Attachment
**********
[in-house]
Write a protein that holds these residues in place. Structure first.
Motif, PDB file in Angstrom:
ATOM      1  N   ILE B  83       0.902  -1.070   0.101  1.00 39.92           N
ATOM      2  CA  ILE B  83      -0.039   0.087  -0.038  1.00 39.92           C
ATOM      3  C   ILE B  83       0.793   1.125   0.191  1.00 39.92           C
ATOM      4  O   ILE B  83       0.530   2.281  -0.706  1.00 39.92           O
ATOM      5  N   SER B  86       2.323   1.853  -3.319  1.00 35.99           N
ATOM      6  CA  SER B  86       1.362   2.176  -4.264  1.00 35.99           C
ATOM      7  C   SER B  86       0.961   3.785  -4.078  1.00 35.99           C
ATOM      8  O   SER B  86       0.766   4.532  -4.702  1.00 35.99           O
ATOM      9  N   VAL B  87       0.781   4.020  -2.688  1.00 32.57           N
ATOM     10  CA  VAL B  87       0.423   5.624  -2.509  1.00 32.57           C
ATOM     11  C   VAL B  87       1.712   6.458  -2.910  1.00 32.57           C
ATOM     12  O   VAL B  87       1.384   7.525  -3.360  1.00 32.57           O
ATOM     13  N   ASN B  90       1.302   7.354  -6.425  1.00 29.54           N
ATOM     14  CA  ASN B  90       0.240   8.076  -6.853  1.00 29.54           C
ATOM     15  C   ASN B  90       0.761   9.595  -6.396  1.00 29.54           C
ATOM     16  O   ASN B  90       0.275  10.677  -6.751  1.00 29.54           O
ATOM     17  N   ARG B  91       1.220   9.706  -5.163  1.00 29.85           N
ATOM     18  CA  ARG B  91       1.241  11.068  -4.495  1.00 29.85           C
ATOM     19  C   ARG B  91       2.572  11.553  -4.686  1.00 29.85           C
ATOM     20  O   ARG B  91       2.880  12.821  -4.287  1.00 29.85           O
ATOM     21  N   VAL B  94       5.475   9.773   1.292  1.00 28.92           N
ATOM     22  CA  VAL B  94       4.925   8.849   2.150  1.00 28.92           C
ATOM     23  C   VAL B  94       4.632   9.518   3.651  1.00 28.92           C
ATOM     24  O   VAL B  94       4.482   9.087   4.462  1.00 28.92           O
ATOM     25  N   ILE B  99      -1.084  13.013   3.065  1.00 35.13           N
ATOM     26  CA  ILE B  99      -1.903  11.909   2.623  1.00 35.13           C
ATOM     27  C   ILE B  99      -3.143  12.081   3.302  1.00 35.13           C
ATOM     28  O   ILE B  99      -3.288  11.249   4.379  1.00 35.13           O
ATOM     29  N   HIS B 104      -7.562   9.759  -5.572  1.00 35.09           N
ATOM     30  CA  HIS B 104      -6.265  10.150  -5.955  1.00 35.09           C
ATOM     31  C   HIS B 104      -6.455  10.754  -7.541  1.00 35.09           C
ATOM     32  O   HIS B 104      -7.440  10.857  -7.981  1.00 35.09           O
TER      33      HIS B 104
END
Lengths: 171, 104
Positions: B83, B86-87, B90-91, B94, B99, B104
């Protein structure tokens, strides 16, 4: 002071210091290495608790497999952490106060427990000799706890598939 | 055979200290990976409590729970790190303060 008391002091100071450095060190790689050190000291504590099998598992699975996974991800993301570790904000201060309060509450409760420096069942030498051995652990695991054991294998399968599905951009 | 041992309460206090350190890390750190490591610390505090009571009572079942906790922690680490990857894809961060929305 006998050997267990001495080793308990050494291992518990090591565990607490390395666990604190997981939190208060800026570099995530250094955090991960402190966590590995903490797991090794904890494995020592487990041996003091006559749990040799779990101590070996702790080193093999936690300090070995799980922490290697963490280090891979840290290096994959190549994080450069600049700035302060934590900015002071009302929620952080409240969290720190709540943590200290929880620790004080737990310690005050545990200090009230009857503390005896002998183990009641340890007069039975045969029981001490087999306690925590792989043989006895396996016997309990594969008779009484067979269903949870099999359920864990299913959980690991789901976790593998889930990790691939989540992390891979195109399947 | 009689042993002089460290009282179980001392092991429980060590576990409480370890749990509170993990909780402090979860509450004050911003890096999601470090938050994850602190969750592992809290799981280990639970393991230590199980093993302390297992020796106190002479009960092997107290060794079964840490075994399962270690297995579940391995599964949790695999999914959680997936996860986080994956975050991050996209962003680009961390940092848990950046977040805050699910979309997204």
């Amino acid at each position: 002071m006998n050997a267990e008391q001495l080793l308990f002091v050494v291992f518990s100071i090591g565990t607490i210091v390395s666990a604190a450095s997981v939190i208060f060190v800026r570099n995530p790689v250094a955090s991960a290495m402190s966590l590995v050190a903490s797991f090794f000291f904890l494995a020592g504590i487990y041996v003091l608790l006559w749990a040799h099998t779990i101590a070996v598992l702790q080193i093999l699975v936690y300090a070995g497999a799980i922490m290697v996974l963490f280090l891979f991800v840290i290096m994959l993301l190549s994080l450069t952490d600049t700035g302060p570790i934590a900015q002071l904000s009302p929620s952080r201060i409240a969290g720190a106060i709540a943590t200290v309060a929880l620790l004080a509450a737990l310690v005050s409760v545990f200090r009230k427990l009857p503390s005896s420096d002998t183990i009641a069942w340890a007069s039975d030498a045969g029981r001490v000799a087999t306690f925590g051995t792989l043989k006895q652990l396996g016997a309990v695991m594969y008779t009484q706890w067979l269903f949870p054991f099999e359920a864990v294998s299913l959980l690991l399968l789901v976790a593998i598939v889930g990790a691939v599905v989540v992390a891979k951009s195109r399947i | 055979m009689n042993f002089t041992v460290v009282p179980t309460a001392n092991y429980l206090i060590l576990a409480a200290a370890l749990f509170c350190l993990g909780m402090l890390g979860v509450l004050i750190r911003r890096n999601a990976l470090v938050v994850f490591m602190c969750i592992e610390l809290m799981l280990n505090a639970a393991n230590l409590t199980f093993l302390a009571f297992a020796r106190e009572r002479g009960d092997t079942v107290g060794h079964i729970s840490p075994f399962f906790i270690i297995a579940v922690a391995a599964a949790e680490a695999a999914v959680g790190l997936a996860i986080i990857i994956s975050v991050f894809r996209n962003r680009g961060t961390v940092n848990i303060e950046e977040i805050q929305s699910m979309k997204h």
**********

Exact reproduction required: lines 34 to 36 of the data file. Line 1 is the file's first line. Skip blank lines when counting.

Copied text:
ATOM     31  C   HIS B 104      -6.455  10.754  -7.541  1.00 35.09           C
ATOM     32  O   HIS B 104      -7.440  10.857  -7.981  1.00 35.09           O
TER      33      HIS B 104